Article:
Browsers employ a navigation mechanism known as the back/forward cache (bfcache) to enhance user experience when navigating between pages. It allows the browser to store a page in memory when a user navigates away from it, enabling quicker retrieval when the user returns to the same page using the back or forward buttons.
- Avoid animations/transitions that use layout-inducing CSS properties
To gain further insights on enhancing your web app, we recommend reading the official blog article on web.dev. This resource provides a comprehensive and detailed overview of techniques and best practices for improving web app performance.
The State of Passkeys on the Web
Passwords vs Passkeys
When we discuss authentication, the first thing that often comes to mind is the traditional combination of usernames and passwords. However, many of us are well aware of the frustrations that come with creating and remembering secure passwords, let alone juggling multiple passwords for different sites and applications. As developers, we strive for authentication systems that prioritise both security and a seamless user experience. Unfortunately, passwords often fall short in delivering on both fronts, typically excelling in one area while leaving room for improvement in the other.
Over the years, various tools and methods have emerged to address the security and user experience challenges associated with passwords. Password Managers, Social Logins, and Two-Factor Authentication have made significant strides in enhancing both security and UX, alleviating some of the burdens of traditional password-based authentication. But there is a new way of authenticating which covers both Security and User Experience, called Passkeys.
Passkeys approach relies on a public and private key model, where the public key is shared while the private key remains securely stored on the user's device. Biometrics, such as fingerprint or facial recognition, are commonly used to generate the Passkey, ensuring both enhanced security and a seamless user experience. With Passkeys, the frustrations of traditional passwords are left behind, paving the way for a more secure and user-friendly authentication process.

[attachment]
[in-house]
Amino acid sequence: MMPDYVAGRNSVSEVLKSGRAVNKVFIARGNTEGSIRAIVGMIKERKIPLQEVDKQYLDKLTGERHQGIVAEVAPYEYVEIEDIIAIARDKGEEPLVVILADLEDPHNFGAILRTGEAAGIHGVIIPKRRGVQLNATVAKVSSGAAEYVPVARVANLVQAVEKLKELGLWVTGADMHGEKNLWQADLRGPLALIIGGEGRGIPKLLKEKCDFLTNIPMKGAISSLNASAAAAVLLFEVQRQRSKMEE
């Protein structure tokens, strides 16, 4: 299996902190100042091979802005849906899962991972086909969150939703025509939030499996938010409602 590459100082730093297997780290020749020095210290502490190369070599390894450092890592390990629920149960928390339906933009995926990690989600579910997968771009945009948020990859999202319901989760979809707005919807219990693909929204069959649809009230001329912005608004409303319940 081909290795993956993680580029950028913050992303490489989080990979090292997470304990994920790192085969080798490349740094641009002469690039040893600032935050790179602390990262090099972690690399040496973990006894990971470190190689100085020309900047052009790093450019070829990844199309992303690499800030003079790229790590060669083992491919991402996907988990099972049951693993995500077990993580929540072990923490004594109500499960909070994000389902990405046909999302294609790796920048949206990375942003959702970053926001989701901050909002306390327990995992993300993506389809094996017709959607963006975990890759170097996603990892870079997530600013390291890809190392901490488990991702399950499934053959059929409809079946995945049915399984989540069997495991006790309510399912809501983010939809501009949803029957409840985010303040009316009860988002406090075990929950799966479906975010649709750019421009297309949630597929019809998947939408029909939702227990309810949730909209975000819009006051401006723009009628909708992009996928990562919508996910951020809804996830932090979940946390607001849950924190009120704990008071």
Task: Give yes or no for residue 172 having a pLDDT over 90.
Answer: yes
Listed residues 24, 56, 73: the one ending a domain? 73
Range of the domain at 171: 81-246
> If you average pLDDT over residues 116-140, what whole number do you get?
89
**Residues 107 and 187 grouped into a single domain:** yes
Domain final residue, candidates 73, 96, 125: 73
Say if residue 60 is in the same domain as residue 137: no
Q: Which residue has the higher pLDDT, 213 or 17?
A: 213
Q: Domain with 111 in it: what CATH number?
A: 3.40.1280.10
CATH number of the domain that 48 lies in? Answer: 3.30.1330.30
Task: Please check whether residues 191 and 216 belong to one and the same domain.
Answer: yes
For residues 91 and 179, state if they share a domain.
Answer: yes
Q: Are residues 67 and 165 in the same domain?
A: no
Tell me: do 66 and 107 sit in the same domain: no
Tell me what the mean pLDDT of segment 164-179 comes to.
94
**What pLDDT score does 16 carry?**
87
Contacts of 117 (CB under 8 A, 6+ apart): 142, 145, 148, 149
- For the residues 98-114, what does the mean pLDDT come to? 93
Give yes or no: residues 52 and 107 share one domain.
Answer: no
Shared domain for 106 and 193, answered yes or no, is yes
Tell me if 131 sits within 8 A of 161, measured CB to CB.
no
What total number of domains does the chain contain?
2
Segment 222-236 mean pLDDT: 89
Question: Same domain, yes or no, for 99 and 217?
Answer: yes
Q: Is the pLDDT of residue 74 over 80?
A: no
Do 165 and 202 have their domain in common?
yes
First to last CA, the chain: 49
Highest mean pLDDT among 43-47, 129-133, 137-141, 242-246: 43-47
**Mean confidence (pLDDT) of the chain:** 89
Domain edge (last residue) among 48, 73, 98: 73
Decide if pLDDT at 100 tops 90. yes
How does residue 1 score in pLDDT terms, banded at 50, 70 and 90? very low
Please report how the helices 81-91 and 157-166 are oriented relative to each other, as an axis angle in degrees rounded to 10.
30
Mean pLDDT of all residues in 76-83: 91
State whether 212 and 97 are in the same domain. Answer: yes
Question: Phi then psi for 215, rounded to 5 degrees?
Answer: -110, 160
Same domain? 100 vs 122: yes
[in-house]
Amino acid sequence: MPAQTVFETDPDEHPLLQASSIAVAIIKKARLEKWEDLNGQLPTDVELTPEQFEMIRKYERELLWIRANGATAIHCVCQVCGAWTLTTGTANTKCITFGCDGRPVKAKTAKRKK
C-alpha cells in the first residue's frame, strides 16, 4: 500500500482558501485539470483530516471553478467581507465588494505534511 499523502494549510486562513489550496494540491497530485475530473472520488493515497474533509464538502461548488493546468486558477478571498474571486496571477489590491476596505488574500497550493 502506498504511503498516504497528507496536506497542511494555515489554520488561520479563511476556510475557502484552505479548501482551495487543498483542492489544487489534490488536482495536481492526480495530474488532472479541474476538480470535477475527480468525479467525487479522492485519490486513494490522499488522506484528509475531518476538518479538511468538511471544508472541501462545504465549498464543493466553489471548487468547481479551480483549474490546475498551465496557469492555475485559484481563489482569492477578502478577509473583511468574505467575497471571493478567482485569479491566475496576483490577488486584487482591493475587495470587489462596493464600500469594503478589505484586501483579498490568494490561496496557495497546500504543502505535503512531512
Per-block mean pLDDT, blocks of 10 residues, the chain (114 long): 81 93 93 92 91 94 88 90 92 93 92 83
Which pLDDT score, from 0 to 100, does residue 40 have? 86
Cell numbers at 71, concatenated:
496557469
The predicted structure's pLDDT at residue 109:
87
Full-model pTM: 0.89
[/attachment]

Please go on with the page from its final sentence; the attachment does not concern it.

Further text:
Improve your authentication with Passkeys
How can we incorporate Passkeys into our web app? Let's start by making some small yet impactful changes to enhance security and user experience. One approach is to utilise the autocomplete attribute in HTML, enabling browsers to generate and store passwords automatically. Another option is to leverage the Credential Management API, which facilitates the secure storage and retrieval of passwords.
When it comes to Passkeys specifically, the good news is that most modern browsers support the Web Authentication (Web Authn) API. By leveraging this powerful API, developers can seamlessly generate public/private key pairs directly within the browser. Implementing Passkeys in your application becomes a feasible task, eliminating unnecessary complexities.
To learn more about Web Authn API and explore its capabilities, we recommend referring to the official documentation.
Drawback of using Passkeys
While Passkeys offer significant advantages over traditional passwords, it's important to consider some of the drawbacks associated with this authentication method. Here are a few key points to keep in mind:
- Reliance on Authenticators
Passkeys depend on the availability of authenticators, which often involve relying on platforms like Google or Apple that utilise biometric data for key generation. This reliance on external platforms introduces a potential dependency and raises concerns about privacy and data security.
- Limited Browser Support